Although a number of African countries have been undertaking economic reforms, focusing mainly on macroeconomic stabilization and trade and exchange rate liberalization, most of them have yet to be rewarded with the investment response they have been expecting. In part the poor response may be due to investors still continuing to doubt the seriousness and irreversibility of these reforms. Also, it may be due to the fact that these "first generation" reforms need to be accompanied by the more challenging structural and institutional reforms. In effect, most reforming countries need to take further measures on both the macroeconomic stabilization and liberalization fronts to demonstrate seriousness to potential investors. For example, some of the more successful African countries found investor interest greatly increased after they totally liberalized their foreign exchange markets and demonstrated a determination to minimize inflation by adopting stricter budgetary regimes. A more liberalized economic environment can also promote export diversification which helps minimize the shocks arising out of adverse terms of trade, and in turn can generate even more investment. Finally, the institutionalization of "agencies of restraint" on a national or sub-regional level, such as independent central banks or sub-regional policy accords supervised by autonomous review boards can perhaps serve to buy investor confidence in the sustainability of reforms. At the national level, the proposals include the granting of full policy autonomy and independence to the Central Bank. Credible measures for ensuring fiscal restraint would be the other component of actions at the national level for establishing policy consistency and irreversibility. In some cases, there have been attempts to address the issue of fiscal restraint through the adoption of the Cash Budget system. However, it is questionable whether the cash budget system will enhance credibility. Also, the prudence of the Cash Budget from the overall long-term marcoeconomic management point of view is difficult to defend. In general, doubts can be raised as to the viability and effectiveness of either approach in restraining policy-makers.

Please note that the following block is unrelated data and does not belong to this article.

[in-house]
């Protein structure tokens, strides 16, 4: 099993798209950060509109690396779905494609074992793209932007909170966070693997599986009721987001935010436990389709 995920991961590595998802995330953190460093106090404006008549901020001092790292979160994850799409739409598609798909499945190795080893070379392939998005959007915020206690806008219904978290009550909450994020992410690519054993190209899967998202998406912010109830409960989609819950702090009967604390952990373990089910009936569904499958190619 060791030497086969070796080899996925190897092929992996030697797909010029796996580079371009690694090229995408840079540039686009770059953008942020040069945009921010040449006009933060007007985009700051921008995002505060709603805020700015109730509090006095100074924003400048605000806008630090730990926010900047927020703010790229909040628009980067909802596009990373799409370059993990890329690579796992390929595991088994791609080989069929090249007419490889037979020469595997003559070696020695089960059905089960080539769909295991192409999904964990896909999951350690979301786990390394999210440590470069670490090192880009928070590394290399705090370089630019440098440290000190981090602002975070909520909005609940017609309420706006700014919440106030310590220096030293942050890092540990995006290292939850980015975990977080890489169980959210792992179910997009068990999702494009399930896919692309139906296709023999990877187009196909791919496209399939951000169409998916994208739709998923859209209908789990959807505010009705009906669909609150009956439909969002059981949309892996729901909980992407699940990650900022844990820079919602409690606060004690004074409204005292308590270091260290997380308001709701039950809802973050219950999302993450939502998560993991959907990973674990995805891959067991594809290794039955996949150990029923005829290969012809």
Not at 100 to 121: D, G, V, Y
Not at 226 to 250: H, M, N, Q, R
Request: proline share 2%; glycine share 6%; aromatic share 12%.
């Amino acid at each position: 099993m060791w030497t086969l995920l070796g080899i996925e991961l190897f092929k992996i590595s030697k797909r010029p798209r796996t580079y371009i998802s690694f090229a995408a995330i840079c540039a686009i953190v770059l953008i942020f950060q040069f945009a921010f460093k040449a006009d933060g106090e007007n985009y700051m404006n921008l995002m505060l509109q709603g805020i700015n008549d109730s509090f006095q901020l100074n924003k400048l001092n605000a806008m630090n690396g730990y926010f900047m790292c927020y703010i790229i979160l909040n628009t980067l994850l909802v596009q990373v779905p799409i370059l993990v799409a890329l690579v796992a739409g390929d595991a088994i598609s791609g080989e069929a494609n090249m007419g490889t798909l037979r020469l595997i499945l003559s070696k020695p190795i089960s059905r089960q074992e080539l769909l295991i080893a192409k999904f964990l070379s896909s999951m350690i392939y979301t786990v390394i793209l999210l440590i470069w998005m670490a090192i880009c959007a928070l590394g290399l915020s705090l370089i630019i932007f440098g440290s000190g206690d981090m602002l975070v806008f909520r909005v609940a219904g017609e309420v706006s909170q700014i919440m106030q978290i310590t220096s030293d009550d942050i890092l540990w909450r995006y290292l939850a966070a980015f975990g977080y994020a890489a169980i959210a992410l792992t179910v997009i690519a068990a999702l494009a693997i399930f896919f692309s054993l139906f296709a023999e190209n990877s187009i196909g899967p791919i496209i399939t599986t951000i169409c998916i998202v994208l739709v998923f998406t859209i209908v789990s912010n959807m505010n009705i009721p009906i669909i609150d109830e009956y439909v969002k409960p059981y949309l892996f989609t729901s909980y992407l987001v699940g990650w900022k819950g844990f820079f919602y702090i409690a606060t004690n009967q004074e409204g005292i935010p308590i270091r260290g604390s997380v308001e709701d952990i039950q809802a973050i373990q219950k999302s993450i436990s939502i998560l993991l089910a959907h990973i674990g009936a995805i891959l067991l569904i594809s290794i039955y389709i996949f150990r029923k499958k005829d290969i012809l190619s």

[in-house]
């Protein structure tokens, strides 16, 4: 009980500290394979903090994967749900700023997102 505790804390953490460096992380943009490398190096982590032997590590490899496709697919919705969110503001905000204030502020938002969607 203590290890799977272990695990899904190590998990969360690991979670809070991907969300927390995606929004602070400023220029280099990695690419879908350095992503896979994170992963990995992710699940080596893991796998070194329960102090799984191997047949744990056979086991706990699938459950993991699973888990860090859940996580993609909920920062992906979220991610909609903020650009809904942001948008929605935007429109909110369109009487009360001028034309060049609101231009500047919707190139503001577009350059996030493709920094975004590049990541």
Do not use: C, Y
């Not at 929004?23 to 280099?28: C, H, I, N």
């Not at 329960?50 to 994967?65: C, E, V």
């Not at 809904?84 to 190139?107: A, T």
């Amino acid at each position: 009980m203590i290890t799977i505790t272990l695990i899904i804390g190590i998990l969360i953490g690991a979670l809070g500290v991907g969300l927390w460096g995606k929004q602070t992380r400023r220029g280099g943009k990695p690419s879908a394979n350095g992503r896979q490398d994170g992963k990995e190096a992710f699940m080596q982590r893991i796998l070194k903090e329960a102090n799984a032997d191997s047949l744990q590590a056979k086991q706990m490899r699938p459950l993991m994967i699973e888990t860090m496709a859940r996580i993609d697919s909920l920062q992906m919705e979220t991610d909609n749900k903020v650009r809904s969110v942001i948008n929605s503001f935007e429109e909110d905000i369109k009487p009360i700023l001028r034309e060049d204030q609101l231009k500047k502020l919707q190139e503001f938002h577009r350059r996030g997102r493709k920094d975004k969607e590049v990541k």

The fiscal regime, particularly the structure of taxes, applicable rates and the efficiency and transparency of tax administration are issues of vital interest to investors. Both direct and indirect taxes need to be set at moderate rates, and their structure and administration must be simplified and efficient. Foreign investors will also be concerned about double taxation which is normally taken care of by relevant bilateral treaties between the host country and the investors home country.